Wilma Assessment Be Deductible

Today TaxMama hears from the Mike in Florida, who tells us, “We received an assessment from our condo association. This assessment was to repair damage caused by hurricane Wilma when it hit Florida. Can we report this assessment as a casualty loss on our tax return? If we can, what schedules should we use to report the damage? I tried to find an answer on the Internet but could not find any details.”

Hi Mike

Yes. You may report it. Sort of.

It’s a little more complicated than that.

Actually, I am surprised you had such a hard time finding information. On the home page of the IRS site there’s a link to information for disaster victims. On the page it takes you to, there’s a section for Help for Individuals. I found this link to the IRS Disaster Relief Page, which points you to the forms and publications you need. http://www.irs.gov/newsroom/article/0,,id=108362,00.html

So, please remember, if you’ve got any disaster-related question, the IRS site is an excellent place to explore.

For now, the casualty loss form is Form 4684, here:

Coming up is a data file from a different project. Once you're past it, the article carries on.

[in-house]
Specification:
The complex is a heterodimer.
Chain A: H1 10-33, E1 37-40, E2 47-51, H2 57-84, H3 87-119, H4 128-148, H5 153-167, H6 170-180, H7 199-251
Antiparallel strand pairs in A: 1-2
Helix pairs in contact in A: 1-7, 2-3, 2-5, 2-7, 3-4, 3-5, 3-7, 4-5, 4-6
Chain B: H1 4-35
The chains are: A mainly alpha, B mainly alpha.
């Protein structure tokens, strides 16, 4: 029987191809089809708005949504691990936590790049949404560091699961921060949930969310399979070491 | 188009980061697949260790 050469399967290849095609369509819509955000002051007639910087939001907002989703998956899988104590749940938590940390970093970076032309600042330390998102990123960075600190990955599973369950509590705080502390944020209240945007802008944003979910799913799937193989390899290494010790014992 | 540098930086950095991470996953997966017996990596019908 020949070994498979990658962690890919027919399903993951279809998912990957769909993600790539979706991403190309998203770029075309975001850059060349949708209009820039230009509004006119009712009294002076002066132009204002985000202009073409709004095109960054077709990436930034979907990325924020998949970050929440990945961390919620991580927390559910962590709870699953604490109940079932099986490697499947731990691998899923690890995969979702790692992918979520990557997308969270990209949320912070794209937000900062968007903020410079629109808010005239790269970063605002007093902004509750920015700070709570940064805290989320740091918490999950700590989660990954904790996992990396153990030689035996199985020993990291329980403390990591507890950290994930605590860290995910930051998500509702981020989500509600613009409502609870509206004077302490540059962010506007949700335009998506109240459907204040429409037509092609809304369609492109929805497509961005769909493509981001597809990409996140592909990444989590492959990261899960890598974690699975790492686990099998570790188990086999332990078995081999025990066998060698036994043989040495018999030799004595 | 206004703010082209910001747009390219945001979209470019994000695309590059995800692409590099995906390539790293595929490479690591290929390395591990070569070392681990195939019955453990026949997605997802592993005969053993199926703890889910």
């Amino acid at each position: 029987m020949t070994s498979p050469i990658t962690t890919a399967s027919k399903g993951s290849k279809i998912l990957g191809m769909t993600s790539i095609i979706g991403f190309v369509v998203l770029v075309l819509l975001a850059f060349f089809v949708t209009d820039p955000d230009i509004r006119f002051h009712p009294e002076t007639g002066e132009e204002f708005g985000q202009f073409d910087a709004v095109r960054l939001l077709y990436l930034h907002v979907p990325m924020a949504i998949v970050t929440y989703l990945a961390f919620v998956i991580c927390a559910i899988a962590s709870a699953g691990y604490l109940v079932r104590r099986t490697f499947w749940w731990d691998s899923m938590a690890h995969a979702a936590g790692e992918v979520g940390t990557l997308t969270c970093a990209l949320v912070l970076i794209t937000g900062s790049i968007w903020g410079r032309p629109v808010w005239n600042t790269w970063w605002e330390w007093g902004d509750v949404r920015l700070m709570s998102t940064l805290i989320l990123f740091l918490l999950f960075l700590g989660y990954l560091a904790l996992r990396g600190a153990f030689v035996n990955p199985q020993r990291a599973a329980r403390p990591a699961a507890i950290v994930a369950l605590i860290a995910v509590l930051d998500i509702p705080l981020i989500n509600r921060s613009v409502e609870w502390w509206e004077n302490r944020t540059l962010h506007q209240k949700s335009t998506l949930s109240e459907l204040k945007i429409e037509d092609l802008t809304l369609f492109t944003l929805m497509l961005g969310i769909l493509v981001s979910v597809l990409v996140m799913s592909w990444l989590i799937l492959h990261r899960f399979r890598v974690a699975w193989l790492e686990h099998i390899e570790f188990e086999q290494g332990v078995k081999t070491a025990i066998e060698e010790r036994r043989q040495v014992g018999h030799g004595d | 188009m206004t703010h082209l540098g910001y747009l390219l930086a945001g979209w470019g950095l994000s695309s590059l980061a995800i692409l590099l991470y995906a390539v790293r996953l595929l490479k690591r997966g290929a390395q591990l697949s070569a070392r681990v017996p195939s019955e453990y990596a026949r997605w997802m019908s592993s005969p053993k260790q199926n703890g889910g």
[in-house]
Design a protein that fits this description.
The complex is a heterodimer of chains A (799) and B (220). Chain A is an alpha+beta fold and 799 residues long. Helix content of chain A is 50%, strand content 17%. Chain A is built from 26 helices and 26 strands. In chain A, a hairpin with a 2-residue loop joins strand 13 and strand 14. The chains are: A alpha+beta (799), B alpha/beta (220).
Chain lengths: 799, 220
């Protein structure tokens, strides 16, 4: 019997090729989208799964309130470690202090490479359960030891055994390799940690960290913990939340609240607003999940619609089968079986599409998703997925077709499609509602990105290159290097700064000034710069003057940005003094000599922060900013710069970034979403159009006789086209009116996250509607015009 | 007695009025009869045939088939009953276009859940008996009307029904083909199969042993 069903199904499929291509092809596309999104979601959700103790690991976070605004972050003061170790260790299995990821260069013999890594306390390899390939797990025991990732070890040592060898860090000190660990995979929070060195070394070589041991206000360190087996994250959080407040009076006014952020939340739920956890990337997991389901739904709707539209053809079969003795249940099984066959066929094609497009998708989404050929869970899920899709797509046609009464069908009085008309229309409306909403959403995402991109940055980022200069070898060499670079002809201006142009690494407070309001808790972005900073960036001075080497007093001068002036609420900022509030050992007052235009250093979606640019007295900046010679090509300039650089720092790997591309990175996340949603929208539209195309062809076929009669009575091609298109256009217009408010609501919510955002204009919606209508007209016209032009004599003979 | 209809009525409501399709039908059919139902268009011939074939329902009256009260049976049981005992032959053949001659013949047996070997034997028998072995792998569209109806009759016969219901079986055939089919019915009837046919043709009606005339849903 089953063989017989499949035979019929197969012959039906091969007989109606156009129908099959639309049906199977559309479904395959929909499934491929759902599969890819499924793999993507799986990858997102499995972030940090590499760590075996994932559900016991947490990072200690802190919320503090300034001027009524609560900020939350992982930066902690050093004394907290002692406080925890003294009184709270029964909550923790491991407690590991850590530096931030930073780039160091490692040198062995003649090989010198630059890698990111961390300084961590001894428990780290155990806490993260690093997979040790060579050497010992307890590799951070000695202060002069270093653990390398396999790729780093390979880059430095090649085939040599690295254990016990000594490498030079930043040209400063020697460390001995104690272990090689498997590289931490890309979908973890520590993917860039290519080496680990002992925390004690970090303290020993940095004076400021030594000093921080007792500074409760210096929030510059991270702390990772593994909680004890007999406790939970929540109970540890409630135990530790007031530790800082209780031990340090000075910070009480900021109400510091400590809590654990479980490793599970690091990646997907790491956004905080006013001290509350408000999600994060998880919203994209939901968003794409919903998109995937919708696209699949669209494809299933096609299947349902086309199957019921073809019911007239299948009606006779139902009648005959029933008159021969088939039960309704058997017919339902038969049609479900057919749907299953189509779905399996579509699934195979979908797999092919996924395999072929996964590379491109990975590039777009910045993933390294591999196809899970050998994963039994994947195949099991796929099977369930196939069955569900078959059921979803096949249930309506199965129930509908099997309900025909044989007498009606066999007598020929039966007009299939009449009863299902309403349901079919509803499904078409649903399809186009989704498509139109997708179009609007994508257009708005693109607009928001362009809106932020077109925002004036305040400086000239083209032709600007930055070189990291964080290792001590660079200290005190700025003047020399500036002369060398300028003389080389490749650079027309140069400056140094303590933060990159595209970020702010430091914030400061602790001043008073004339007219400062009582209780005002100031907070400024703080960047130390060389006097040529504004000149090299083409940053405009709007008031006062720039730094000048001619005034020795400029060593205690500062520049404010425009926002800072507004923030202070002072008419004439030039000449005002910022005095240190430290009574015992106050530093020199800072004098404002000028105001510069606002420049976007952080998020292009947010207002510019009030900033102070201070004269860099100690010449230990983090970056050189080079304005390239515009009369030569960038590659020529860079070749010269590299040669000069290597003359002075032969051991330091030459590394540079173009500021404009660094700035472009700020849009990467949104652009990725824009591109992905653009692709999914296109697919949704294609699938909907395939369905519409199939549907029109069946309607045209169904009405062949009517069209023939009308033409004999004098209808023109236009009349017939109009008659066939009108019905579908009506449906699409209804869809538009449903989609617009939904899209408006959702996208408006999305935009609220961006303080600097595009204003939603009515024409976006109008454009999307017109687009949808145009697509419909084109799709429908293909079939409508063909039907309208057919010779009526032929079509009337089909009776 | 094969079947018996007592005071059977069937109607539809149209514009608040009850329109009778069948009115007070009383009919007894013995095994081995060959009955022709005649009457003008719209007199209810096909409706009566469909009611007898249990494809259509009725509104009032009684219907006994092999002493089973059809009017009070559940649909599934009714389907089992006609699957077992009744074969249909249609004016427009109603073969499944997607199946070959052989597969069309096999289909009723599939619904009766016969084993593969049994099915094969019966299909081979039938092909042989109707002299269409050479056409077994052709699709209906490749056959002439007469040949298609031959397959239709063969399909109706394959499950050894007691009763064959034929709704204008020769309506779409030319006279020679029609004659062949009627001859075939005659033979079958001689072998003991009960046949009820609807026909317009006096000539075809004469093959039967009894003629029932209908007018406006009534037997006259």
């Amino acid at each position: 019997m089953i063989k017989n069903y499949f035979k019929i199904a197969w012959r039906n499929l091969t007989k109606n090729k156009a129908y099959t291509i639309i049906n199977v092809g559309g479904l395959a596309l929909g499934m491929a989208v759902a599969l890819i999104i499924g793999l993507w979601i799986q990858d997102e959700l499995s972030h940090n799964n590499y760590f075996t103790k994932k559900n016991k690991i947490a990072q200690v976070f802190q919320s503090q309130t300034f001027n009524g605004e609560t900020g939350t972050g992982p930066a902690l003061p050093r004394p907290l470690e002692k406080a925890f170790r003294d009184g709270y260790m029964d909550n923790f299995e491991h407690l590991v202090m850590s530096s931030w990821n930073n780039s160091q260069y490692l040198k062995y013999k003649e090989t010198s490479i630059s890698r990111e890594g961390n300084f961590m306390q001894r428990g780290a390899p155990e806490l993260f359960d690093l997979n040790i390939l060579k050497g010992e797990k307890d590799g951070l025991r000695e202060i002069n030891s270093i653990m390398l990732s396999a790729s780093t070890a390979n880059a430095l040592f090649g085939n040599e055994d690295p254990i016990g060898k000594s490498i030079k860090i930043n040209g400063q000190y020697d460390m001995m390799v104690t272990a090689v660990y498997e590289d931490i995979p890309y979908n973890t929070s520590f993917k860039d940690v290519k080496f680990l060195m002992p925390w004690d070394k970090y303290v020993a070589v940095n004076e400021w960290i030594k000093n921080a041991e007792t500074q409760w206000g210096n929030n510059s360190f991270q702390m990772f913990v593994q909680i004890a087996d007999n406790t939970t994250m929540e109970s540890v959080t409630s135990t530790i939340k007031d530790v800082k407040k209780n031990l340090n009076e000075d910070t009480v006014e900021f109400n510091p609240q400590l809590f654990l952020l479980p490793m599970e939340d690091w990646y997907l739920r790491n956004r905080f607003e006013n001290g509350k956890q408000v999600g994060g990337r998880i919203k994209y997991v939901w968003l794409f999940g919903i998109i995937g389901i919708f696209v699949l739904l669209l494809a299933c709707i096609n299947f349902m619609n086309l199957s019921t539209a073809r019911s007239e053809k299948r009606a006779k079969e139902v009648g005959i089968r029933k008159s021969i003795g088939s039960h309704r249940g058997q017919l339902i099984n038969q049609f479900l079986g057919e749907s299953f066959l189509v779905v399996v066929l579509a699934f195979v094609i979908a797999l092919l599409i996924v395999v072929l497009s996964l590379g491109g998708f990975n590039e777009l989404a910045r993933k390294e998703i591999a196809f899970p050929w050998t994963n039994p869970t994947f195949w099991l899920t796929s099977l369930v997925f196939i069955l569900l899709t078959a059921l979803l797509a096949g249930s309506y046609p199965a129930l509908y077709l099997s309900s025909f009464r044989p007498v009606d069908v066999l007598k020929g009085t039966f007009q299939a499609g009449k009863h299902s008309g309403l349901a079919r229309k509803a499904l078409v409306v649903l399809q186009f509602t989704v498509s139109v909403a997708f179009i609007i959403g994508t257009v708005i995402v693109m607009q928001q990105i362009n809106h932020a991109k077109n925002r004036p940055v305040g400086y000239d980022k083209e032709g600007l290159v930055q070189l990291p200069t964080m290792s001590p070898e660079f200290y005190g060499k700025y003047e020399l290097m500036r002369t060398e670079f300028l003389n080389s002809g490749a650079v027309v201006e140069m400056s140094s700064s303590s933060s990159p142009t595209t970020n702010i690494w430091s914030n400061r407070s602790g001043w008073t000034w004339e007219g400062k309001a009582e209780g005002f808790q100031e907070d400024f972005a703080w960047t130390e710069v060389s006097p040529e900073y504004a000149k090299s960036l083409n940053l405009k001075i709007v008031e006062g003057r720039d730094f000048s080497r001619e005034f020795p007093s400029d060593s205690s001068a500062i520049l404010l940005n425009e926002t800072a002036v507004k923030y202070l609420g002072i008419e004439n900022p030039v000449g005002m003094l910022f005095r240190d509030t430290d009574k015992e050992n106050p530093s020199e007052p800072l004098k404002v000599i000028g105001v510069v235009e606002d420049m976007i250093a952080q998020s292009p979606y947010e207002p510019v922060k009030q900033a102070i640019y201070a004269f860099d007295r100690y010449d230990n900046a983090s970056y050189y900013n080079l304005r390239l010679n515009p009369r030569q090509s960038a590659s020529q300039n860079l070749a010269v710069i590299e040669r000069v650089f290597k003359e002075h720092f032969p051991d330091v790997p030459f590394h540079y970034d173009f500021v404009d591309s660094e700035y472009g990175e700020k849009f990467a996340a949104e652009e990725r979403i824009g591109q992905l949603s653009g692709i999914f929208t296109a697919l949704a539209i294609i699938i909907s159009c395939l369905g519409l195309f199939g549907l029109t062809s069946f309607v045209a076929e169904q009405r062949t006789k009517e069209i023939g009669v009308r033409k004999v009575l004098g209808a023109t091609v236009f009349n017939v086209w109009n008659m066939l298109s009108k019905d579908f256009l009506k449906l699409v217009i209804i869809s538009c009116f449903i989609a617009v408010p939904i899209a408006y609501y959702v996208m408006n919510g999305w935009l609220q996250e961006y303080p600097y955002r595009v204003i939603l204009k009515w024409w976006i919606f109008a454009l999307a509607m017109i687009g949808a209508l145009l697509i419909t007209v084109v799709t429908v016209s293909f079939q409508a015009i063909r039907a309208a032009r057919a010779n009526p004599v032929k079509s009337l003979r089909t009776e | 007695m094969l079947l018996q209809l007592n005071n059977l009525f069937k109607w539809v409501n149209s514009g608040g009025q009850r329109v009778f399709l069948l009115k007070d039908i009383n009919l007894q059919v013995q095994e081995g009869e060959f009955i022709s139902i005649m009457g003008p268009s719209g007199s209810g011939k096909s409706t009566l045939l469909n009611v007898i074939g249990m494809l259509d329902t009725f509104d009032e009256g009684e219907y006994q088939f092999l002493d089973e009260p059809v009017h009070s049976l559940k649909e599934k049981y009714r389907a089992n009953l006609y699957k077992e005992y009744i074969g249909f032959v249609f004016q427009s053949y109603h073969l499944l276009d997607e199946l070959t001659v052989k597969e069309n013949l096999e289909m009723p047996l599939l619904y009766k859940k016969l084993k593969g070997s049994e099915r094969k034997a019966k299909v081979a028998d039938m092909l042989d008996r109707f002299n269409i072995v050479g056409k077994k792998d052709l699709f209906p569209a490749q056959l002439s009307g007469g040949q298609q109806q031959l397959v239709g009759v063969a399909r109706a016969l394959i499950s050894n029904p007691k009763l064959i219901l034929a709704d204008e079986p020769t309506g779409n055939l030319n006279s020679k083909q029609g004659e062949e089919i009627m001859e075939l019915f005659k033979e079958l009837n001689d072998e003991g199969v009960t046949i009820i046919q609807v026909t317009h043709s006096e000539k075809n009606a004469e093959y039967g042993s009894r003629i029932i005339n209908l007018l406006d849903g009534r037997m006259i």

http://www.irs.gov/pub/irs-pdf/f4684.pdf

You may even fill it in and save it on your computer.

To claim a casualty loss, you need to have a loss in value, not just a cost to repair.

You must have written evidence to back up your claim of the market value of your condo unit before Wilma, and the present value, after Wilma. That’s for lines 5 & 6.

Under the circumstances, you may be able to have a real estate agent friend pull comparable sales summaries from the week before the storm and the week or month afterwards. (No, silly,
you don’t want sales figures now – the prices are rising. They’re not as low as when everyone was in shock.)

You’d enter the cost of repairs on line 1 – the association assessment and any other damage you had to your unit that you paid to fix. Deduct any insurance reimbursement.

I know that this is an assessment from your association for damages to the common areas and/or building exteriors. But, the damage did reduce the value of each unit, too. So, you should be able to get the valuation reduction information that you need. (Does this make any sense?)

If you happened to get FEMA money to cover your living expenses, do not include it on this form as a reimbursement. This wasn’t for damages – it was for food, supplies and temporary housing.

If you got an SBA loan providing funds to cover the repairs, do not include that as a reimbursement, either. It’s a loan. You have to pay it back. Other than that, it should be cinch, right?

Yeah. Uh huh… Good luck getting everything back to normal!

Remember, you’ll find answers to questions about disasters and all kinds of tax issues, free. Where? Where else? At TaxMama.com

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